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- adaptations Adromischus Aizoaceae (Mesembryanthemaceae) Aloe Aloinopsis Amaryllidaceae Anacampseros Antimima Apocynaceae Apocynaceae (Asclepiadaceae) Argyroderma Asphodelaceae Asphodelaceae (Aloaceae) Asteraceae (Compositae) Astroloba Avonia Boophone botanical terms Bulbine Bushmanland caudiciforms Cheiridopsis Conophytum Cotyledon Crassula Crassulaceae Curio Cylindrophyllum Deilanthe Delosperma Dioscorea Drosanthemum East Africa Euphorbia Euphorbiaceae geophytes Geraniaceae Gibbaeum Glottiphyllum Great Karoo Haworthia Haworthia arachnoidea Horn of Africa hybrid offspring knersvlakte Lampranthus Lithops Little Karoo Madagascan succulents Madagascar Mesembryanthemum Mesembs miniatures Monsonia Namaqualand Namibia natural hybrids Othonna Pelargonium Phyllobolus plant photography Portulacaceae Quaqua Rhinephyllum Richtersveld Ruschia Sarcocaulon Senecio Somaliland South African succulents Stapelia Stapeliads Stomatium Trichodiadema Vygies
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Tag Archives: Asphodelaceae (Aloaceae)
Based on genetic research, in 2013 Ronell Klopper and Gideon Smith created the genus Aloidendron to accommodate 6 species of tree aloes, including Aloe dichotoma. The plants form trees with a rounded crown, with stems to 1 m in diameter … Continue reading
Both the scientific and the vernacular name (Orange River Aloe) refer to its occurrence along the Orange River (from Grootderm in the west to Keimoes in the east). It is also plentiful in the Warmbad area of Namibia. The plants … Continue reading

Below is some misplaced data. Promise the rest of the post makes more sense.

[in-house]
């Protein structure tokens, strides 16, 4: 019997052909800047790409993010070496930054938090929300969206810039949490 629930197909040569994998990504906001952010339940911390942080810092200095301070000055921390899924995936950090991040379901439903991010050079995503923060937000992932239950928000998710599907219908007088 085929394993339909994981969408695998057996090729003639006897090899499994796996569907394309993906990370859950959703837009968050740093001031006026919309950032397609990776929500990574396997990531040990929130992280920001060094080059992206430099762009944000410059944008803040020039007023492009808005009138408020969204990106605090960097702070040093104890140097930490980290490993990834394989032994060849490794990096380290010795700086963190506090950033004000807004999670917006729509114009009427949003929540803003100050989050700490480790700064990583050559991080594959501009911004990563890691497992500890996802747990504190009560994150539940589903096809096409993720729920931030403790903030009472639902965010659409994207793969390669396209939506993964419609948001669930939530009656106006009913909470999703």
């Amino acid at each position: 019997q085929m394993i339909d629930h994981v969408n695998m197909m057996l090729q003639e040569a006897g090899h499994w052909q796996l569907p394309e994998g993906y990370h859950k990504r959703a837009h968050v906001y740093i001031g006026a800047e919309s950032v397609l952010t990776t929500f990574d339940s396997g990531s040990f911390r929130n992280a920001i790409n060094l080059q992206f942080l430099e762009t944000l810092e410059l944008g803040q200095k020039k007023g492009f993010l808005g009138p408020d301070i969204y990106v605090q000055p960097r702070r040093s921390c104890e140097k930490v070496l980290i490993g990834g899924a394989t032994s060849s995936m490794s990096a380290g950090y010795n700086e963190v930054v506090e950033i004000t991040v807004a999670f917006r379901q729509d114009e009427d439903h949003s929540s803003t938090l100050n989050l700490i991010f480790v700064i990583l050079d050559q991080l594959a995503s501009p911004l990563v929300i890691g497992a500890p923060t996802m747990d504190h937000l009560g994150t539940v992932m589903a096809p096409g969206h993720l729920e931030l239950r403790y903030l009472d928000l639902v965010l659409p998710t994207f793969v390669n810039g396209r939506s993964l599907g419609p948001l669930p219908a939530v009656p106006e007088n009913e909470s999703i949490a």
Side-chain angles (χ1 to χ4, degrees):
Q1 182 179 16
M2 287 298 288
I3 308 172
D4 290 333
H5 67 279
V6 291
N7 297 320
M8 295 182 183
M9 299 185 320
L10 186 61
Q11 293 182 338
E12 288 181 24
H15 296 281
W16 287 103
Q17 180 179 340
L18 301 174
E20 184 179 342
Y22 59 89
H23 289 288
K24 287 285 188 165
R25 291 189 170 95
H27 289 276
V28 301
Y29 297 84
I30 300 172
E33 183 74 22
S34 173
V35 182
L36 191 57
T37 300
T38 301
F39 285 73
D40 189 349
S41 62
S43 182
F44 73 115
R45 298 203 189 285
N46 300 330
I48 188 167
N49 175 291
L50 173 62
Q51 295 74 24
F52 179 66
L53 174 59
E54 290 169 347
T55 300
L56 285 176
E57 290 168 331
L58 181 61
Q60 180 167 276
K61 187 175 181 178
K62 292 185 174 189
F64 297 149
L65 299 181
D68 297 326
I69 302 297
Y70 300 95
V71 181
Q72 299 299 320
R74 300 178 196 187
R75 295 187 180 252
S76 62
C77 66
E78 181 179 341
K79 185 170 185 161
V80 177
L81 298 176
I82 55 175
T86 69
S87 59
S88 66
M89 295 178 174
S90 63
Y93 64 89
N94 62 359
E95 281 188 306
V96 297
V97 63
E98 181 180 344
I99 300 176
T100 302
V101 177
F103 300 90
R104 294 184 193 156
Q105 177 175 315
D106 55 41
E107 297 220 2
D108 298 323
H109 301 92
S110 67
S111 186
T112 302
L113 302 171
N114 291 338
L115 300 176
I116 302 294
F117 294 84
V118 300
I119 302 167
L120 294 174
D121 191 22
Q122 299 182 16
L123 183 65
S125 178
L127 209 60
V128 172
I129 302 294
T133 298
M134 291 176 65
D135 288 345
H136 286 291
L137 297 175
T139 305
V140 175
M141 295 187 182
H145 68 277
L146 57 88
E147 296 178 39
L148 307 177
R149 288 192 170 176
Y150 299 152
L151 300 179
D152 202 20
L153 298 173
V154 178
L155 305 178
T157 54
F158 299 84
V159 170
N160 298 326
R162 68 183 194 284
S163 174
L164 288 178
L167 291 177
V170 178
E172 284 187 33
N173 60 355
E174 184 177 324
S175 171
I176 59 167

This very distinctive species normally produces one single stem up to 8 m tall and only 10-15 cm thick. Sometimes, plants branch from the base and form large shrubs. Each stem bears about 25 leaves, up to 90 cm long and grey-green on both … Continue reading
This is one of the very few southern African Aloes without spines on the edge of the leaves. The stems are rarely over 30 cm long and the leaves are up to 60 cm long and 15 cm wide, from greenish-grey … Continue reading
In general, this species is stemless and growing singly or in small groups, but sometimes groups of over 20 rosettes are formed. Each rosette has 14-16 leaves, about 16 cm long and 6 cm wide at the base, usually olive-green with … Continue reading
Aloe somaliensis was described in 1899, from plants that were raised at Kew from seeds that had been collected a few years before, probably at Sheikh pass in Somaliland Protectorate (as it was then called). It is now known to occur not … Continue reading
The first two pictures show how the plants curve their leaves inwards as a protection against sun and wind in the dry season. This picture was taken late January, the next one mid March.